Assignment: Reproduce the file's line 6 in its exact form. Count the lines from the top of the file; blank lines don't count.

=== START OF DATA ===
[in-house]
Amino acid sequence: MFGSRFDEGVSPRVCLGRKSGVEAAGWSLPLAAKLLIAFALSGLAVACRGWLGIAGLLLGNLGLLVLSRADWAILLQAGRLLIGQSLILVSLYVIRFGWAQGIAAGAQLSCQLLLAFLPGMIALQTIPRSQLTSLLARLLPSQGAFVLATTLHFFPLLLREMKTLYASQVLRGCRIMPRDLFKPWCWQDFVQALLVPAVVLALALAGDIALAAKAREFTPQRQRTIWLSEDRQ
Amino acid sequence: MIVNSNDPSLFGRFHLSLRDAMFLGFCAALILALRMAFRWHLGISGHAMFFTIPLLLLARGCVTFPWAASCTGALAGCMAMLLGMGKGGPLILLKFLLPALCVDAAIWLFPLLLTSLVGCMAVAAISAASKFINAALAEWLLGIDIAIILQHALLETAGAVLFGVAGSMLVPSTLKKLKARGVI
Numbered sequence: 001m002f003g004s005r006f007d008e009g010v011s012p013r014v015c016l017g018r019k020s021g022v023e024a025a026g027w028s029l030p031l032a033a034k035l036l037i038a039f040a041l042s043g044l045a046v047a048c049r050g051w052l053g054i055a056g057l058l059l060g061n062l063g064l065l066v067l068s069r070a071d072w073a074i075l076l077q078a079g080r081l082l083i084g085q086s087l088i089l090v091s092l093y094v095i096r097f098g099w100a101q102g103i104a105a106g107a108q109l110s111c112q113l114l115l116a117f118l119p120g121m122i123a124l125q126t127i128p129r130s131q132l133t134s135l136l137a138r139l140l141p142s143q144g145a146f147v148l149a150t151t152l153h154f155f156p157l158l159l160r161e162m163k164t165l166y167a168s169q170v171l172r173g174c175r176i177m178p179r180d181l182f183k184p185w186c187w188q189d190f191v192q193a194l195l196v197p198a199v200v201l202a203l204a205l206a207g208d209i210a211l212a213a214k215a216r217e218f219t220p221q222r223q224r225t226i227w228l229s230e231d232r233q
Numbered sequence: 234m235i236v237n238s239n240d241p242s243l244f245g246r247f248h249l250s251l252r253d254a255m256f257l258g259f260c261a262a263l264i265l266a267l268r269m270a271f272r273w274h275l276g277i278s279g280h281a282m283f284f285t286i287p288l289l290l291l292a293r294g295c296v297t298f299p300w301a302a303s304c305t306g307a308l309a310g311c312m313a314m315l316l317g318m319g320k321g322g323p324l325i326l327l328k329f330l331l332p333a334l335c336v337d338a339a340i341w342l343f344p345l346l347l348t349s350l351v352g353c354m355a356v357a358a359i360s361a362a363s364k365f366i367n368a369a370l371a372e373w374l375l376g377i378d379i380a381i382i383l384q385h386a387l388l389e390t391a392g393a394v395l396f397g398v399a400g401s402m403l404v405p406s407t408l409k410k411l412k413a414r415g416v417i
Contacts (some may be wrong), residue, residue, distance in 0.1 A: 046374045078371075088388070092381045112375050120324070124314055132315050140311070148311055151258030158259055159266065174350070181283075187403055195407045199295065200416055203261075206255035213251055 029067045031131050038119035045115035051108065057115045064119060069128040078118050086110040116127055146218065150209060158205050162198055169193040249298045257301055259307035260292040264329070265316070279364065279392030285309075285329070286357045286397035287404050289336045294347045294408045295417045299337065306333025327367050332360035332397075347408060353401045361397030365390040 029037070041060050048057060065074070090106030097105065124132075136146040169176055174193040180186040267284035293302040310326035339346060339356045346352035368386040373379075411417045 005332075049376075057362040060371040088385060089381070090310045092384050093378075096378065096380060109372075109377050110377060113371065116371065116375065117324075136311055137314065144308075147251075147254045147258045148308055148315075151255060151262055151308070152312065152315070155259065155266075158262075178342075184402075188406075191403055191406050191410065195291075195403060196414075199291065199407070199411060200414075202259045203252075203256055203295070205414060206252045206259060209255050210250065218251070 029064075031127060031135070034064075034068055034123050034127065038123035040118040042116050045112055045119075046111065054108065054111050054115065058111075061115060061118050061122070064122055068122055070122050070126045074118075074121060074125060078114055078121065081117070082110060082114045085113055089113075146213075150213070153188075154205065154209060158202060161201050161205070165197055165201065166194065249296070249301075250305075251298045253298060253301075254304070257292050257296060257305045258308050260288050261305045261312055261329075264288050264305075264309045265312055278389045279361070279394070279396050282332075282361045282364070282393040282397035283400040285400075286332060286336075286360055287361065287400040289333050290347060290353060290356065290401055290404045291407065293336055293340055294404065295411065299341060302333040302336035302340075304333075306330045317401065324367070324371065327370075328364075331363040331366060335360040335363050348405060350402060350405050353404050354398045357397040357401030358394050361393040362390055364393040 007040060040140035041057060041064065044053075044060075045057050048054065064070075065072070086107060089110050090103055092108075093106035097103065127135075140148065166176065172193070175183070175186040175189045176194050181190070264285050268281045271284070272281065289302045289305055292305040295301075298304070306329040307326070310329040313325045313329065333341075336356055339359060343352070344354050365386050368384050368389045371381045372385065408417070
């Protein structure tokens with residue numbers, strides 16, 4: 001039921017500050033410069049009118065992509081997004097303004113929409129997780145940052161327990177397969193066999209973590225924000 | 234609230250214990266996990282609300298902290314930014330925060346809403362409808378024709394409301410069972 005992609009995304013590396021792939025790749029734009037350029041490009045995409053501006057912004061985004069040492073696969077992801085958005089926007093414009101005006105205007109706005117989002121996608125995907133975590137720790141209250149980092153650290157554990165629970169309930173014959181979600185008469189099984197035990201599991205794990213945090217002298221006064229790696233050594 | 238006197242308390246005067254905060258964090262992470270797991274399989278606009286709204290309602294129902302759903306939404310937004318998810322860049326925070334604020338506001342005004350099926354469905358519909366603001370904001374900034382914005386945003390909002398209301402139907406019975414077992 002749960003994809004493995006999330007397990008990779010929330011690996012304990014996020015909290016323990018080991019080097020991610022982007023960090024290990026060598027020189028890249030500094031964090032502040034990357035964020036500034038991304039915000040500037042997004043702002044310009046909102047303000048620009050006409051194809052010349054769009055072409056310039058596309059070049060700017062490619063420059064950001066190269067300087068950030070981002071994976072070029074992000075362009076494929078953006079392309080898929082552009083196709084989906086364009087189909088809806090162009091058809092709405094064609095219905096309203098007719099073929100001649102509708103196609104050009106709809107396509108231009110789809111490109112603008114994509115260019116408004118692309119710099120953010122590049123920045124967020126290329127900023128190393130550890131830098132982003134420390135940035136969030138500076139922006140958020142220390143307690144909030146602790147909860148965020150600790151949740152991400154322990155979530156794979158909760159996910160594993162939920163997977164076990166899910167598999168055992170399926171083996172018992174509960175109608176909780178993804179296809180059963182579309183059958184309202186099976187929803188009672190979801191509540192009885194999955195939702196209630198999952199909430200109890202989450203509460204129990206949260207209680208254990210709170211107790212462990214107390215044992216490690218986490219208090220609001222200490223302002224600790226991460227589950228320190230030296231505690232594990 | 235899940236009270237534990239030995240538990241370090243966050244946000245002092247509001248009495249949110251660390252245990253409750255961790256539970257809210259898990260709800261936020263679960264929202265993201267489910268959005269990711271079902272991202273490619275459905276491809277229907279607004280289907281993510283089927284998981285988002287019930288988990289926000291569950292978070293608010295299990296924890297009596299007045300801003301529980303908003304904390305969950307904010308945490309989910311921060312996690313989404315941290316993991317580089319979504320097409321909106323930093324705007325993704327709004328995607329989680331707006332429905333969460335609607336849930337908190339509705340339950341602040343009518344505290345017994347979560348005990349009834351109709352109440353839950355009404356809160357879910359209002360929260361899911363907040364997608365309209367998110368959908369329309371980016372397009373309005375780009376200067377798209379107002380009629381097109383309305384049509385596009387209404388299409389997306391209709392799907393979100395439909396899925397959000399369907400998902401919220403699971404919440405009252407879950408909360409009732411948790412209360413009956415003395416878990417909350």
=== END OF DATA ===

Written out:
Contacts (some may be wrong), residue, residue, distance in 0.1 A: 046374045078371075088388070092381045112375050120324070124314055132315050140311070148311055151258030158259055159266065174350070181283075187403055195407045199295065200416055203261075206255035213251055 029067045031131050038119035045115035051108065057115045064119060069128040078118050086110040116127055146218065150209060158205050162198055169193040249298045257301055259307035260292040264329070265316070279364065279392030285309075285329070286357045286397035287404050289336045294347045294408045295417045299337065306333025327367050332360035332397075347408060353401045361397030365390040 029037070041060050048057060065074070090106030097105065124132075136146040169176055174193040180186040267284035293302040310326035339346060339356045346352035368386040373379075411417045 005332075049376075057362040060371040088385060089381070090310045092384050093378075096378065096380060109372075109377050110377060113371065116371065116375065117324075136311055137314065144308075147251075147254045147258045148308055148315075151255060151262055151308070152312065152315070155259065155266075158262075178342075184402075188406075191403055191406050191410065195291075195403060196414075199291065199407070199411060200414075202259045203252075203256055203295070205414060206252045206259060209255050210250065218251070 029064075031127060031135070034064075034068055034123050034127065038123035040118040042116050045112055045119075046111065054108065054111050054115065058111075061115060061118050061122070064122055068122055070122050070126045074118075074121060074125060078114055078121065081117070082110060082114045085113055089113075146213075150213070153188075154205065154209060158202060161201050161205070165197055165201065166194065249296070249301075250305075251298045253298060253301075254304070257292050257296060257305045258308050260288050261305045261312055261329075264288050264305075264309045265312055278389045279361070279394070279396050282332075282361045282364070282393040282397035283400040285400075286332060286336075286360055287361065287400040289333050290347060290353060290356065290401055290404045291407065293336055293340055294404065295411065299341060302333040302336035302340075304333075306330045317401065324367070324371065327370075328364075331363040331366060335360040335363050348405060350402060350405050353404050354398045357397040357401030358394050361393040362390055364393040 007040060040140035041057060041064065044053075044060075045057050048054065064070075065072070086107060089110050090103055092108075093106035097103065127135075140148065166176065172193070175183070175186040175189045176194050181190070264285050268281045271284070272281065289302045289305055292305040295301075298304070306329040307326070310329040313325045313329065333341075336356055339359060343352070344354050365386050368384050368389045371381045372385065408417070